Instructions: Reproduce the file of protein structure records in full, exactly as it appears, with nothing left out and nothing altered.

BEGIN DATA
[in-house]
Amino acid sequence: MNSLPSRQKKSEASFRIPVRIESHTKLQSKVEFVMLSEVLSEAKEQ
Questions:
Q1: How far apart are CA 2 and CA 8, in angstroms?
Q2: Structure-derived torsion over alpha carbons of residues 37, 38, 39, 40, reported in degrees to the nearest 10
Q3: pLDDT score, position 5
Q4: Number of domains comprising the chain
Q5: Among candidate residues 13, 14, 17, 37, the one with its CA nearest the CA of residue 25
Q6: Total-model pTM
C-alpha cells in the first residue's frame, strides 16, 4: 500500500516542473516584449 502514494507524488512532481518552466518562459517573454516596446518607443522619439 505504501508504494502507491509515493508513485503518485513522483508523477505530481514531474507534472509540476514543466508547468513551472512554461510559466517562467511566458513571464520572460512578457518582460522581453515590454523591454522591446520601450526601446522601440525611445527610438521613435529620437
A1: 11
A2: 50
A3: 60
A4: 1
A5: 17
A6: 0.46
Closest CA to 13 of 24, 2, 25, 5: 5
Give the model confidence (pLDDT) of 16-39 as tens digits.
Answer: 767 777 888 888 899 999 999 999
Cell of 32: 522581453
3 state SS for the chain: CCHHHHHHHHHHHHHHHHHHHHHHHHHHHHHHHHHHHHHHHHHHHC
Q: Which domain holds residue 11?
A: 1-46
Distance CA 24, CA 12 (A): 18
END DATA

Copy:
[in-house]
Amino acid sequence: MNSLPSRQKKSEASFRIPVRIESHTKLQSKVEFVMLSEVLSEAKEQ
Questions:
Q1: How far apart are CA 2 and CA 8, in angstroms?
Q2: Structure-derived torsion over alpha carbons of residues 37, 38, 39, 40, reported in degrees to the nearest 10
Q3: pLDDT score, position 5
Q4: Number of domains comprising the chain
Q5: Among candidate residues 13, 14, 17, 37, the one with its CA nearest the CA of residue 25
Q6: Total-model pTM
C-alpha cells in the first residue's frame, strides 16, 4: 500500500516542473516584449 502514494507524488512532481518552466518562459517573454516596446518607443522619439 505504501508504494502507491509515493508513485503518485513522483508523477505530481514531474507534472509540476514543466508547468513551472512554461510559466517562467511566458513571464520572460512578457518582460522581453515590454523591454522591446520601450526601446522601440525611445527610438521613435529620437
A1: 11
A2: 50
A3: 60
A4: 1
A5: 17
A6: 0.46
Closest CA to 13 of 24, 2, 25, 5: 5
Give the model confidence (pLDDT) of 16-39 as tens digits.
Answer: 767 777 888 888 899 999 999 999
Cell of 32: 522581453
3 state SS for the chain: CCHHHHHHHHHHHHHHHHHHHHHHHHHHHHHHHHHHHHHHHHHHHC
Q: Which domain holds residue 11?
A: 1-46
Distance CA 24, CA 12 (A): 18